Are you fed up with tense, explosive meetings? Are you or a colleague the target of a bully? Destructive conflict can ruin organizations. But if we believe that all conflict is destructive, and that we can somehow eliminate conflict, or that conflict is an enemy of productivity, then we're in conflict with Conflict itself. Read 101 Tips for Managing Conflict to learn how to make peace with conflict and make it an organizational asset. Order Now!
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More articles on Conflict Management:
- When Leaders Fight
- Organizations often pretend that feuds between leaders do not exist. But when the two most powerful
people in your organization go head-to-head, everyone in the organization suffers. How can you survive
a feud between people above you in the org chart?
- Hostile Collaborations
- Sometimes collaboration with people we hold in low regard can be valuable. If we enter a hostile collaboration
without first accepting both the hostility and the value, we might sabotage it outside our awareness,
and that can render the effort worthless — or worse. What are the dynamics of hostile collaborations,
and how can we do them well?
- The Good, the Bad, and the Complicated
- In fiction and movies, the world is often simple. There's a protagonist, a goal, and a series of obstacles.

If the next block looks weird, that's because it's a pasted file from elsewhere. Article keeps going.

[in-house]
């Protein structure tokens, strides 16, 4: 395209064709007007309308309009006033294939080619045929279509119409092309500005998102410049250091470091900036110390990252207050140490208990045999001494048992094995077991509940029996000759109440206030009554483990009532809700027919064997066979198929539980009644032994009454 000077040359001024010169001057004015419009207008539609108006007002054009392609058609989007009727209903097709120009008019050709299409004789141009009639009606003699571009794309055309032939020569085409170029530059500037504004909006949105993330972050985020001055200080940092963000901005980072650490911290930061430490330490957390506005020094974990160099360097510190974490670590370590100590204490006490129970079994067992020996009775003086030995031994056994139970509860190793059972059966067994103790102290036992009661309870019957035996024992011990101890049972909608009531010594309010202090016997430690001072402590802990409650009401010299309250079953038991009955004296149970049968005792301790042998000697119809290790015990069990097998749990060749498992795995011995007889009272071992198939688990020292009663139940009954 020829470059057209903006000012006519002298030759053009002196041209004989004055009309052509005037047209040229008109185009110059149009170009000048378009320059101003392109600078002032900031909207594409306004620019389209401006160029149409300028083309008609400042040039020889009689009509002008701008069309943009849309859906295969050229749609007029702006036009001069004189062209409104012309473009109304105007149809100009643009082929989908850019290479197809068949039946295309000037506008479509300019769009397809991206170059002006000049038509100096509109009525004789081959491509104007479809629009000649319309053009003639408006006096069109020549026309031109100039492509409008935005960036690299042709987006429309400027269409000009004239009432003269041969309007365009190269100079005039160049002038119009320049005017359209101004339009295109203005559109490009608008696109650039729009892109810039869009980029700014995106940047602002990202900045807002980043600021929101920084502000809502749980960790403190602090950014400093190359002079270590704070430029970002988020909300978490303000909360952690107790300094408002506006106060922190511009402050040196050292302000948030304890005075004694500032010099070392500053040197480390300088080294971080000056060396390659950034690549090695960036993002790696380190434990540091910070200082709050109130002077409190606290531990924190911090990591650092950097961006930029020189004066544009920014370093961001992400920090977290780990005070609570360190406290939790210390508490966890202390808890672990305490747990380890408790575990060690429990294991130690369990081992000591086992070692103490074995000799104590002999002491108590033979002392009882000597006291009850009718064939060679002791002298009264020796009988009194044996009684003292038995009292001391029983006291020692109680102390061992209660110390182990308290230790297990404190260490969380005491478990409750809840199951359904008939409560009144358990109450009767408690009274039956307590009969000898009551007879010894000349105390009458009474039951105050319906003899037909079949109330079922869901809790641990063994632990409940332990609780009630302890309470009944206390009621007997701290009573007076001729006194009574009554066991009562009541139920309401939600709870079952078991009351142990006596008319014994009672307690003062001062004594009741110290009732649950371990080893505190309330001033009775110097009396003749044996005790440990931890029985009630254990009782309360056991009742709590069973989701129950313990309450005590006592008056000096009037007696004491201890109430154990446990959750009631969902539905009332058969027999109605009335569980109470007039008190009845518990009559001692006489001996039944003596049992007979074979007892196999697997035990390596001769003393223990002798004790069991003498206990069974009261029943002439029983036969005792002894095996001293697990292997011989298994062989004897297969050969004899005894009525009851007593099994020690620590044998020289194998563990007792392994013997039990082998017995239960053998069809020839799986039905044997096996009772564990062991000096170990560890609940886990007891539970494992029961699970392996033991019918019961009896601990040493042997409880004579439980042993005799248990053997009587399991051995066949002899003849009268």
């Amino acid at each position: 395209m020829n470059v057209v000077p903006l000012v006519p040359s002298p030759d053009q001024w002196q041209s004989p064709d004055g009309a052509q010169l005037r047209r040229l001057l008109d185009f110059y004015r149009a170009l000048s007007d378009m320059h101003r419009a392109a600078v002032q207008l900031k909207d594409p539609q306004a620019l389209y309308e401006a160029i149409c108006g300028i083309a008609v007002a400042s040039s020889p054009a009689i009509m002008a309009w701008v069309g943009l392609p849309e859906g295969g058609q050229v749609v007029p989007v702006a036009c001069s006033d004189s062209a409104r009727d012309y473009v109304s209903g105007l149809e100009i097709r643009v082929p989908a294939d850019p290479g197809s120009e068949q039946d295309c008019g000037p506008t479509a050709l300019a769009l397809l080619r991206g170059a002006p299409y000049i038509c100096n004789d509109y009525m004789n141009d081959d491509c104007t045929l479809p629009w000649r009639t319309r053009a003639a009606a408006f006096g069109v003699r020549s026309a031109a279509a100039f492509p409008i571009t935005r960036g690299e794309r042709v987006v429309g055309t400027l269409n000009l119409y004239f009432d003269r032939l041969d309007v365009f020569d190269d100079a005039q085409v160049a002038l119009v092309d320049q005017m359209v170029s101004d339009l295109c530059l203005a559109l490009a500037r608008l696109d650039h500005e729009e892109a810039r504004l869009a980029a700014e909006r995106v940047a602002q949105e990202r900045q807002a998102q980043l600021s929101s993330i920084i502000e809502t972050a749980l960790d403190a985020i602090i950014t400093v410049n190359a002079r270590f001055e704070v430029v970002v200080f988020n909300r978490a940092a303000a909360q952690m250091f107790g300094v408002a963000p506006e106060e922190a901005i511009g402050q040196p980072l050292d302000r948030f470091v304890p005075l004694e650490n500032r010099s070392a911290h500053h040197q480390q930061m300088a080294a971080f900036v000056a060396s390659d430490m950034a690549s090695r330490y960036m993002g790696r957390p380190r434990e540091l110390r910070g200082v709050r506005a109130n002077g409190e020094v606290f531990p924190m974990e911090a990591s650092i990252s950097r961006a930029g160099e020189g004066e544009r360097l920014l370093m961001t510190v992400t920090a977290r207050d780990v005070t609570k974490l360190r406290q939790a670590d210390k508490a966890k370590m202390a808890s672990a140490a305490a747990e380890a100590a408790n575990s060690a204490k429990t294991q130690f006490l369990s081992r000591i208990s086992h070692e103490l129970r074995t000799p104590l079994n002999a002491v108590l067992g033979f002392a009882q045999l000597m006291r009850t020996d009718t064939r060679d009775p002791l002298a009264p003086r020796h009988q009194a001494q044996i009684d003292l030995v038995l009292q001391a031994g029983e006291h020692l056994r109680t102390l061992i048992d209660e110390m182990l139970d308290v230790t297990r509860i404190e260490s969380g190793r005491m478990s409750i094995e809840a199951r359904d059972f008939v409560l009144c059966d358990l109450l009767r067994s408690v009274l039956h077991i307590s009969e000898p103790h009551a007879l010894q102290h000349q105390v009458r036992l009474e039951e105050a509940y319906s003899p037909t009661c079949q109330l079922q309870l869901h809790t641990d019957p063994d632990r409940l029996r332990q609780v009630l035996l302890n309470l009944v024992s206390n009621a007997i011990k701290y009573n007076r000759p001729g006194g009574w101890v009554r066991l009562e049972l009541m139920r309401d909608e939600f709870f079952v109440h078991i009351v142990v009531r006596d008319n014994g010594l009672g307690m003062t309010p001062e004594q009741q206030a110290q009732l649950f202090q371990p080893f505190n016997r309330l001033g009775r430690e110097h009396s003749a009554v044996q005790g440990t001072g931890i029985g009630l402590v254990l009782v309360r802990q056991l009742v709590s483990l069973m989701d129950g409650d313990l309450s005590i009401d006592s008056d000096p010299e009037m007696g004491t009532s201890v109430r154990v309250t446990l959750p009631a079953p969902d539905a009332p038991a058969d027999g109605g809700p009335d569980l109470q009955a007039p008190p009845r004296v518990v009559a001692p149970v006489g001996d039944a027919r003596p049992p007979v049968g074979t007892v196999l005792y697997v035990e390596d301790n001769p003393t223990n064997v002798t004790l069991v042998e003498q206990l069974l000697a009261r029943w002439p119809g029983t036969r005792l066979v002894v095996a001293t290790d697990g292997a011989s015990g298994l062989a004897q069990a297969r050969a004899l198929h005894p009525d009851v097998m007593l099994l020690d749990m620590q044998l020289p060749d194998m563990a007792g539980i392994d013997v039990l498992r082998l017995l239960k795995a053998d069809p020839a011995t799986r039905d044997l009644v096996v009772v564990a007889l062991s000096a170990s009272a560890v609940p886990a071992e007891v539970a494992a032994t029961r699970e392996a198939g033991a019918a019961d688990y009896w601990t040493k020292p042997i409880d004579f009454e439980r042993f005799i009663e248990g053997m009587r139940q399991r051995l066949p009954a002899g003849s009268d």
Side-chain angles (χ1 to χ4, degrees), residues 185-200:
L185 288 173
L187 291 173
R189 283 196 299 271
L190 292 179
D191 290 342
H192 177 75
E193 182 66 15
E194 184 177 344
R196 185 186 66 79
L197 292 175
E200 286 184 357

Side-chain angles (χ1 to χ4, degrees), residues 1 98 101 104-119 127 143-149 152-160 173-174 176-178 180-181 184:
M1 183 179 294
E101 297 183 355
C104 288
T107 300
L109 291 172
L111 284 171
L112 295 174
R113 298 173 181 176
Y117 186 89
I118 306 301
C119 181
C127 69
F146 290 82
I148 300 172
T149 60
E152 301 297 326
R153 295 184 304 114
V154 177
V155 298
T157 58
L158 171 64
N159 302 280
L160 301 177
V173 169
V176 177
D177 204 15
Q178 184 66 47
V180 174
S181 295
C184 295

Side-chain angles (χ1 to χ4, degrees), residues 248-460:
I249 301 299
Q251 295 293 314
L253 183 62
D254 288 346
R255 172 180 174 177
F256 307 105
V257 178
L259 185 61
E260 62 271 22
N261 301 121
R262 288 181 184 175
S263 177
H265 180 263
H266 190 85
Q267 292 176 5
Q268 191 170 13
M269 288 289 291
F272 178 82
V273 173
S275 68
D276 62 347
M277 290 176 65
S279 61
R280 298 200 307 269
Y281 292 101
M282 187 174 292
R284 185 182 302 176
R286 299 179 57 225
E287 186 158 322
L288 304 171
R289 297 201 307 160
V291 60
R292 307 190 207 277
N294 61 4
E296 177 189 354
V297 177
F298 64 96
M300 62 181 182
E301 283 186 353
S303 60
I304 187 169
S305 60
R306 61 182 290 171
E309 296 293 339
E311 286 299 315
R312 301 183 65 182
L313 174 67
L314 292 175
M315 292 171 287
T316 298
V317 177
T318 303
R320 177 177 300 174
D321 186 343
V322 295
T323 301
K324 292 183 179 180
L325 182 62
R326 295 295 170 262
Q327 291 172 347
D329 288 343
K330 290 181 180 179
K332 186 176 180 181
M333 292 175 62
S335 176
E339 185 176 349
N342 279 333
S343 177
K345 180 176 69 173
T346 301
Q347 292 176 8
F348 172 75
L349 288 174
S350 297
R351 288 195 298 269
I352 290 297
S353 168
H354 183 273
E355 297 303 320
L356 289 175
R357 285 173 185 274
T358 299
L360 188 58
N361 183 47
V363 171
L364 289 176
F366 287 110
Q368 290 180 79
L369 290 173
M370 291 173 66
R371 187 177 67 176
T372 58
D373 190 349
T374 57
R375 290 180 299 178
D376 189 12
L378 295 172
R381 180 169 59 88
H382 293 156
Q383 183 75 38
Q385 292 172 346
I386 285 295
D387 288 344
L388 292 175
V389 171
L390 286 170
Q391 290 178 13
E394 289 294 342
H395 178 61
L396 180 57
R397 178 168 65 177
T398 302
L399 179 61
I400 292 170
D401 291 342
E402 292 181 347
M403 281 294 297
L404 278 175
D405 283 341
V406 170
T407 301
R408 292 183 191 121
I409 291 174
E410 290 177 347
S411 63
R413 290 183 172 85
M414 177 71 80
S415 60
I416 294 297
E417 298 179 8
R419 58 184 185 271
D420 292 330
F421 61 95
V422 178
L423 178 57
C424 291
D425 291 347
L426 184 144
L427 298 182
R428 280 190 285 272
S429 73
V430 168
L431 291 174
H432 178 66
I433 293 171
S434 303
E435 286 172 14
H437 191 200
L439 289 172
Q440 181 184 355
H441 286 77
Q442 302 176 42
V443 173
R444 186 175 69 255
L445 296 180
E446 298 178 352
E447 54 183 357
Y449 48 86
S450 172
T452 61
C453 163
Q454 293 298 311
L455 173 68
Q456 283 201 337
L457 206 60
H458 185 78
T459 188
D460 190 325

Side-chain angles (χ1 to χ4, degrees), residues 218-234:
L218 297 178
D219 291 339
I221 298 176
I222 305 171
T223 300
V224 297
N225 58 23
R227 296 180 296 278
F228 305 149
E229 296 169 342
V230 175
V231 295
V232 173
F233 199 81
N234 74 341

The protagonists and goals are good, and the obstacles are bad. Real life is more complicated.
- What Do You Need?
- When working issues jointly with others, especially with one other, we sometimes hear, "What do
you need to make this work?" Your answers can doom your effort — or make it a smashing success.
- Impasses in Group Decision-Making: II
- When groups can't reach agreement on all aspects of an issue, the tactics of some members can actually
exacerbate disagreement. Here's Part II of an exploration of impasses, emphasizing two of the more toxic
Forthcoming issues of Point Lookout
- Coming May 29: Newtonian Blind Alleys: II
- Some of our decisions don't turn out well. The nature of our errors does vary, but a common class of errors is due to applying concepts from physics originated by Isaac Newton. One of these is the concept of spectrum. Available here and by RSS on May 29.
- And on June 5: I Could Be Wrong About That
- Before we make joint decisions at work, we usually debate the options. We come together to share views, and then a debate ensues. Some of these debates turn out well, but too many do not. Allowing for the fact that "I could be wrong" improves outcomes. Available here and by RSS on June 5.
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- The Power Affect: How We Express Our Personal Power
- Many people who possess real organizational power have a characteristic demeanor. It's the way they project their presence. I call this the power affect. Some people — call them power pretenders — adopt the power affect well before they attain significant organizational power. Unfortunately for their colleagues, and for their organizations, power pretenders can attain organizational power out of proportion to their merit or abilities. Understanding the power affect is therefore important for anyone who aims to attain power, or anyone who works with power pretenders. Read more about this program.